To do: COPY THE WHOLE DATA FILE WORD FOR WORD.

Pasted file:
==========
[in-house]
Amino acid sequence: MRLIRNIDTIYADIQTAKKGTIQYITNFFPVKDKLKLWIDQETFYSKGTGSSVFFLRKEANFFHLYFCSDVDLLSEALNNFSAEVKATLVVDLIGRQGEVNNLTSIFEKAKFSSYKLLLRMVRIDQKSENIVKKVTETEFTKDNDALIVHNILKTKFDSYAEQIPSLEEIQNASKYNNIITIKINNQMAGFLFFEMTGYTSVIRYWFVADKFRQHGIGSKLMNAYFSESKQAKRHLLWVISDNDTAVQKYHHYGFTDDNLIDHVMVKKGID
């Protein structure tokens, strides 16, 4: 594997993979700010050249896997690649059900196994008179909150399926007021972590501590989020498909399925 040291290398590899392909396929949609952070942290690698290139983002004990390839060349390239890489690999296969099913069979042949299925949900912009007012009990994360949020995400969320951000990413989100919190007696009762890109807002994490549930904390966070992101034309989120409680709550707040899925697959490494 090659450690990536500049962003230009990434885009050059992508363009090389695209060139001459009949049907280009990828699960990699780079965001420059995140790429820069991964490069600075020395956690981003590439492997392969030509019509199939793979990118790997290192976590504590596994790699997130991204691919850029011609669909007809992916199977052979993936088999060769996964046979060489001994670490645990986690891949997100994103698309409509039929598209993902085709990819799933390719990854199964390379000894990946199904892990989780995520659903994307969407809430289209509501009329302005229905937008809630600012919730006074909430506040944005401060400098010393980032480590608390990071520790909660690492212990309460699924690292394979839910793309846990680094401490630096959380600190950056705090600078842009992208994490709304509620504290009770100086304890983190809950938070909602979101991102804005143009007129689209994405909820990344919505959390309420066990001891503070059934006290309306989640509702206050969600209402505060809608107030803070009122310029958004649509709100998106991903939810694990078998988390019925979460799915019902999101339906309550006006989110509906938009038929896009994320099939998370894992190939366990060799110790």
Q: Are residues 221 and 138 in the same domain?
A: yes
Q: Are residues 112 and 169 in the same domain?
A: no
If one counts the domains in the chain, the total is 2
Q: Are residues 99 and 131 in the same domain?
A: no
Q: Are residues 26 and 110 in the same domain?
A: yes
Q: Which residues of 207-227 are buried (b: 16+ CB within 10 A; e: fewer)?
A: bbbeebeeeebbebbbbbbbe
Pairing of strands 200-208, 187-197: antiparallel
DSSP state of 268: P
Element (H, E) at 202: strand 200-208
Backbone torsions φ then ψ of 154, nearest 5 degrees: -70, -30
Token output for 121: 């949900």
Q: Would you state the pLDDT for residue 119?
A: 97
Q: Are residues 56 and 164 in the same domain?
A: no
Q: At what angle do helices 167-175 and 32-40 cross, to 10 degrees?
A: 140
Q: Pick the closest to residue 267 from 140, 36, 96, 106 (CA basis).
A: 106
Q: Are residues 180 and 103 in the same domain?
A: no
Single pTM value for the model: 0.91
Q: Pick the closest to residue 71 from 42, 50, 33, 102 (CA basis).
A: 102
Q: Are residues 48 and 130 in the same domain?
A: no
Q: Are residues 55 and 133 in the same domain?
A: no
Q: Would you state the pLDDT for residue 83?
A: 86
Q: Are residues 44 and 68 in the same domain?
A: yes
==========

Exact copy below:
[in-house]
Amino acid sequence: MRLIRNIDTIYADIQTAKKGTIQYITNFFPVKDKLKLWIDQETFYSKGTGSSVFFLRKEANFFHLYFCSDVDLLSEALNNFSAEVKATLVVDLIGRQGEVNNLTSIFEKAKFSSYKLLLRMVRIDQKSENIVKKVTETEFTKDNDALIVHNILKTKFDSYAEQIPSLEEIQNASKYNNIITIKINNQMAGFLFFEMTGYTSVIRYWFVADKFRQHGIGSKLMNAYFSESKQAKRHLLWVISDNDTAVQKYHHYGFTDDNLIDHVMVKKGID
């Protein structure tokens, strides 16, 4: 594997993979700010050249896997690649059900196994008179909150399926007021972590501590989020498909399925 040291290398590899392909396929949609952070942290690698290139983002004990390839060349390239890489690999296969099913069979042949299925949900912009007012009990994360949020995400969320951000990413989100919190007696009762890109807002994490549930904390966070992101034309989120409680709550707040899925697959490494 090659450690990536500049962003230009990434885009050059992508363009090389695209060139001459009949049907280009990828699960990699780079965001420059995140790429820069991964490069600075020395956690981003590439492997392969030509019509199939793979990118790997290192976590504590596994790699997130991204691919850029011609669909007809992916199977052979993936088999060769996964046979060489001994670490645990986690891949997100994103698309409509039929598209993902085709990819799933390719990854199964390379000894990946199904892990989780995520659903994307969407809430289209509501009329302005229905937008809630600012919730006074909430506040944005401060400098010393980032480590608390990071520790909660690492212990309460699924690292394979839910793309846990680094401490630096959380600190950056705090600078842009992208994490709304509620504290009770100086304890983190809950938070909602979101991102804005143009007129689209994405909820990344919505959390309420066990001891503070059934006290309306989640509702206050969600209402505060809608107030803070009122310029958004649509709100998106991903939810694990078998988390019925979460799915019902999101339906309550006006989110509906938009038929896009994320099939998370894992190939366990060799110790």
Q: Are residues 221 and 138 in the same domain?
A: yes
Q: Are residues 112 and 169 in the same domain?
A: no
If one counts the domains in the chain, the total is 2
Q: Are residues 99 and 131 in the same domain?
A: no
Q: Are residues 26 and 110 in the same domain?
A: yes
Q: Which residues of 207-227 are buried (b: 16+ CB within 10 A; e: fewer)?
A: bbbeebeeeebbebbbbbbbe
Pairing of strands 200-208, 187-197: antiparallel
DSSP state of 268: P
Element (H, E) at 202: strand 200-208
Backbone torsions φ then ψ of 154, nearest 5 degrees: -70, -30
Token output for 121: 């949900």
Q: Would you state the pLDDT for residue 119?
A: 97
Q: Are residues 56 and 164 in the same domain?
A: no
Q: At what angle do helices 167-175 and 32-40 cross, to 10 degrees?
A: 140
Q: Pick the closest to residue 267 from 140, 36, 96, 106 (CA basis).
A: 106
Q: Are residues 180 and 103 in the same domain?
A: no
Single pTM value for the model: 0.91
Q: Pick the closest to residue 71 from 42, 50, 33, 102 (CA basis).
A: 102
Q: Are residues 48 and 130 in the same domain?
A: no
Q: Are residues 55 and 133 in the same domain?
A: no
Q: Would you state the pLDDT for residue 83?
A: 86
Q: Are residues 44 and 68 in the same domain?
A: yes